Price Hikes and the Feminization of Food Insecurity in Bangladesh
Misra, Manoj, Women & Environments International Magazine
Holding her nine-month-old baby in one arm, Salma Khanam braved the chilly morning breeze to buy subsidised rice at the Open Market Sales (OMS) point... She had to wait for more than four hours for her turn. 'I am here for the first time. I dared not come here carrying my baby. But I had to change my mind for the soaring prices of rice,' said Salma wife of a bus helper, who earns Tk 5,000 [CAD 70] a month. (Parvez, 2011)
The Daily Star, one of the leading newspapers in Bangladesh, recently carried this story along with a photograph showing hundreds of poor people, a large number of them women, queuing up in front one of the government-initiated sales outlets for buying coarse rice at a subsidized price.
The current rice price increases came on the heels of the 2007-8 food crisis, which according to a 2008 Food and Agriculture Organization/World Food Program (FAO/WFP) study, rendered an additional 7.5 million Bangladeshis as food insecure. Since the crisis, rice prices have been extremely unstable in the domestic markets. This poses a serious threat to the food security of the 56 million absolute poor in the country. According to Bangladesh Bureau of Statistics estimates, rice accounts for nearly 70% of the total calorie intake and 50% of the protein intake in the country. This means that a stable rice market is a precondition for maintaining food security in Bangladesh.
The situation is particularly dire for women who bear the heavy brunt of the wild swings in food prices. The FAO/ WFP study that was conducted during the peak of the crisis found that many women at that time skipped meals so that other members of the family could eat properly. It revealed that in 58% of the total surveyed households, the women skipped more meals than the others.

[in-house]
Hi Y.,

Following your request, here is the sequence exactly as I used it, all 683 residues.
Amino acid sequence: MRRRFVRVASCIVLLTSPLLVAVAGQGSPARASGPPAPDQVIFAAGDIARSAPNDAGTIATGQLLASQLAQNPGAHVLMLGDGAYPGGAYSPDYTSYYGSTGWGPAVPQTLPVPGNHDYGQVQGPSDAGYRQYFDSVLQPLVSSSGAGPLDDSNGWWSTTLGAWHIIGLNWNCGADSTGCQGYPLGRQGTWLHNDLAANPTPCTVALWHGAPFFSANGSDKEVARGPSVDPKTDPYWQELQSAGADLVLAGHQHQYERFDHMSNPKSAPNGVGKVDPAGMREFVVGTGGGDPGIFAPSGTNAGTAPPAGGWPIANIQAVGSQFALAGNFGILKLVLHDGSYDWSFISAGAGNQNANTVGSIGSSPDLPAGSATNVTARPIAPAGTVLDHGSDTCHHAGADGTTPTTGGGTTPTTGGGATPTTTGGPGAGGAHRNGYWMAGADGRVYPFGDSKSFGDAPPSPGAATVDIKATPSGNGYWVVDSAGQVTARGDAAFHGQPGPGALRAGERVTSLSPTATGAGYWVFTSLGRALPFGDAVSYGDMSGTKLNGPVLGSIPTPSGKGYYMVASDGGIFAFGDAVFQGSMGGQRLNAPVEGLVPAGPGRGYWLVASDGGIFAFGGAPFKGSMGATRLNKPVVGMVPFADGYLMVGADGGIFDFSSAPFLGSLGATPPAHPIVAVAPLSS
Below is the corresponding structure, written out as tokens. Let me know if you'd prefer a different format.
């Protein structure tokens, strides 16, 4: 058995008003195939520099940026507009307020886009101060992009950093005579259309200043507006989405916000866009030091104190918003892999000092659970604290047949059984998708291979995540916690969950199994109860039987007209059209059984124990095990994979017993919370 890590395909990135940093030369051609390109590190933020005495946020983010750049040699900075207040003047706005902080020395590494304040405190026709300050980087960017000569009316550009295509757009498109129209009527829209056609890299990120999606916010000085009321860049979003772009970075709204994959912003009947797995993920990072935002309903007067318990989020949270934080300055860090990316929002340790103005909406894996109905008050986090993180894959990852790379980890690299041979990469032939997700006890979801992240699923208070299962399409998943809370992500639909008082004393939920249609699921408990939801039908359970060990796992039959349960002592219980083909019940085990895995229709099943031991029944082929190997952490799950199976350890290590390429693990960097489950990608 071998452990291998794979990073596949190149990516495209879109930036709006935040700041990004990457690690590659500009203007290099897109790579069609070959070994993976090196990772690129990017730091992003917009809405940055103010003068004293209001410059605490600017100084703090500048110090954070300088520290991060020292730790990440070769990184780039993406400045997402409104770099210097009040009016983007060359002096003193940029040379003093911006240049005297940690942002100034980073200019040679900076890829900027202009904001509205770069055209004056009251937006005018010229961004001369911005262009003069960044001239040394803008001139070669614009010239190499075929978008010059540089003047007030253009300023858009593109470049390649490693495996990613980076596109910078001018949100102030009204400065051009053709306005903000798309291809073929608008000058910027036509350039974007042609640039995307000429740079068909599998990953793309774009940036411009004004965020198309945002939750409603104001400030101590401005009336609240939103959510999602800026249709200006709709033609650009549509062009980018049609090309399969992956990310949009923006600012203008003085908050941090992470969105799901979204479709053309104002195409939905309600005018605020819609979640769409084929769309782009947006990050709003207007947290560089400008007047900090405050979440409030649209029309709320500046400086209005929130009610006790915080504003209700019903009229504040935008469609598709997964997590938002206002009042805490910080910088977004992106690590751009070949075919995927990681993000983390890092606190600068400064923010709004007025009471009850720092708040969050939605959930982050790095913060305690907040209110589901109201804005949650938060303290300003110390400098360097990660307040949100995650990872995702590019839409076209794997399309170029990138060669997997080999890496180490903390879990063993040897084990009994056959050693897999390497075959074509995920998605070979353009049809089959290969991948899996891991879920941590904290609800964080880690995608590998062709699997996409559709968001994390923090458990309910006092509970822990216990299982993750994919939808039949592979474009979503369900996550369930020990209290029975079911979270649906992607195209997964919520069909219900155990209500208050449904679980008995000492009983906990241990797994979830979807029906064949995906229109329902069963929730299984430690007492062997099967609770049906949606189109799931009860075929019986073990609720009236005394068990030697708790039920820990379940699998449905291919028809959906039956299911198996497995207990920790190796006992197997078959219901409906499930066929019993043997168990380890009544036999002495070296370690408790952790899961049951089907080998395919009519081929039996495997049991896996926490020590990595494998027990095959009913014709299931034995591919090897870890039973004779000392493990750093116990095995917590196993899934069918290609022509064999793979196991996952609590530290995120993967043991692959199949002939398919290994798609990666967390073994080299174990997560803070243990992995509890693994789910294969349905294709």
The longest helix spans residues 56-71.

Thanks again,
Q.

This is hardly surprising in the context of Bangladesh where women continue to shoulder the responsibility of preparing and serving food. Although many women have recently entered the labour market to support their families, they are still expected to perform their traditional roles as cooks. It is a social custom, especially among rural Bangladeshis, that women eat after the male members have consumed their meal. Women are thus left with little choice but to skip their meal in case of a food shortage.
Another important finding of the FAO/WFP study is that female-headed households are more vulnerable to food insecurity threats. The study reports more than one-third of female-headed households consume two meals a day as compared to less than one-fifth of male-headed households.
One factor that may explain this high incidence of food insecurity among female-headed households is that, in most cases, women become the head of the household through divorce or desertion, or because of an absentee husband.
Ironically, it is a common practice in Bangladesh to divorce or desert the wife, leaving the children in her custody without the husband extending any chiidcare support. Very few divorce cases are legally settled through the courts of law. This allows the husband to escape with no settlement payments toward his family.
When men migrate to cities in search of better work and wage opportunities, the responsibility to raise the children falls squarely on the women in the households. The added responsibility of chiidcare, in addition to regular household work, limits the ability of the female household head to spend sufficient time at the workplace, thus lowering her income opportunities. The fact that most of these women possess little or no formal education or skills training also makes them more vulnerable to workplace discrimination. Fortunately, female enrolment in schools has been steadily increasing over the past two decades.
The gender wage gap is significant. A 2008 International Labour Organization working paper authored by Steven Kapsos revealed that women earn 2 1 % less per hour than their male counterparts. …